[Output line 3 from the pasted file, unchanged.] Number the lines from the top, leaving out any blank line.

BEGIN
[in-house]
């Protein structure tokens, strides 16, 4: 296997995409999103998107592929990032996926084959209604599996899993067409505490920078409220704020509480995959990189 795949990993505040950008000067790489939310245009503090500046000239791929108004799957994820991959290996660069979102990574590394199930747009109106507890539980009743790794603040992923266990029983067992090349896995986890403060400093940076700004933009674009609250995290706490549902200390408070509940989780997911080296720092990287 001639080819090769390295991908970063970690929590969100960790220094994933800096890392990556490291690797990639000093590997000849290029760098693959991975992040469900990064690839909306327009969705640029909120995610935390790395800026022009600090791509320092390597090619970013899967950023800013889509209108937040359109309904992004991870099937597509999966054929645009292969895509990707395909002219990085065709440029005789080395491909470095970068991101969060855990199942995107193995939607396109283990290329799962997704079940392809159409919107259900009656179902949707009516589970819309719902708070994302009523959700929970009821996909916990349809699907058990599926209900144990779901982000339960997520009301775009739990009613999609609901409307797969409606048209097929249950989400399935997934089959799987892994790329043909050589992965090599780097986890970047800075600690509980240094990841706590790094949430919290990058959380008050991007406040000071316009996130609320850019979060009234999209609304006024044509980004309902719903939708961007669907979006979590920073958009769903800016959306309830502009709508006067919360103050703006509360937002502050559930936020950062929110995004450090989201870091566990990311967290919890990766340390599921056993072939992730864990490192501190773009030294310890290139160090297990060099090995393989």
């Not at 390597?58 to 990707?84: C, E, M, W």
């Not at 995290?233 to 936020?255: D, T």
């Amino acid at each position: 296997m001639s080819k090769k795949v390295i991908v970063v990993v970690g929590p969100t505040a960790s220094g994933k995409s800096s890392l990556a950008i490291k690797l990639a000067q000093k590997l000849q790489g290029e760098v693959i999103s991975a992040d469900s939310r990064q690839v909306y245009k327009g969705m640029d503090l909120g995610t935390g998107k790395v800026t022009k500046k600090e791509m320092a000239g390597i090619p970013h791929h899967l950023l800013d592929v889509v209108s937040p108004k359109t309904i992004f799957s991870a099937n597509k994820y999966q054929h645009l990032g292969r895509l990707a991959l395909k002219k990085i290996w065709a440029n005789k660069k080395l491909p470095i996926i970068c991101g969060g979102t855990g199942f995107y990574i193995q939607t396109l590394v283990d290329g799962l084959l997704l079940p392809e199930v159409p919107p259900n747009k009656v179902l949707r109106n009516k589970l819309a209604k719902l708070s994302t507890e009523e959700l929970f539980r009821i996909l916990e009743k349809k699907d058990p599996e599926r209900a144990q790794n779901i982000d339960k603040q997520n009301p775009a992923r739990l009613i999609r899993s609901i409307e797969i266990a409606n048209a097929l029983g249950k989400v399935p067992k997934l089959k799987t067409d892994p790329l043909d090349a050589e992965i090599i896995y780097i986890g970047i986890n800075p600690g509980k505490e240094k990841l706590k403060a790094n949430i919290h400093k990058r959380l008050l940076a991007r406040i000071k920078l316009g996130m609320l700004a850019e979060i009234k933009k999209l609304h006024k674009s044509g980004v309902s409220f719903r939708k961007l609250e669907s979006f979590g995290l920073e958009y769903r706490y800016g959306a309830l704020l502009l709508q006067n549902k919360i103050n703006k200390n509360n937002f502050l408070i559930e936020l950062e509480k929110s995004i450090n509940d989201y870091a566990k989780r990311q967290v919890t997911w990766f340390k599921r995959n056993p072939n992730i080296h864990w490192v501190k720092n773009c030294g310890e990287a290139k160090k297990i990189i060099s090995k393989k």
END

């Not at 390597?58 to 990707?84: C, E, M, W």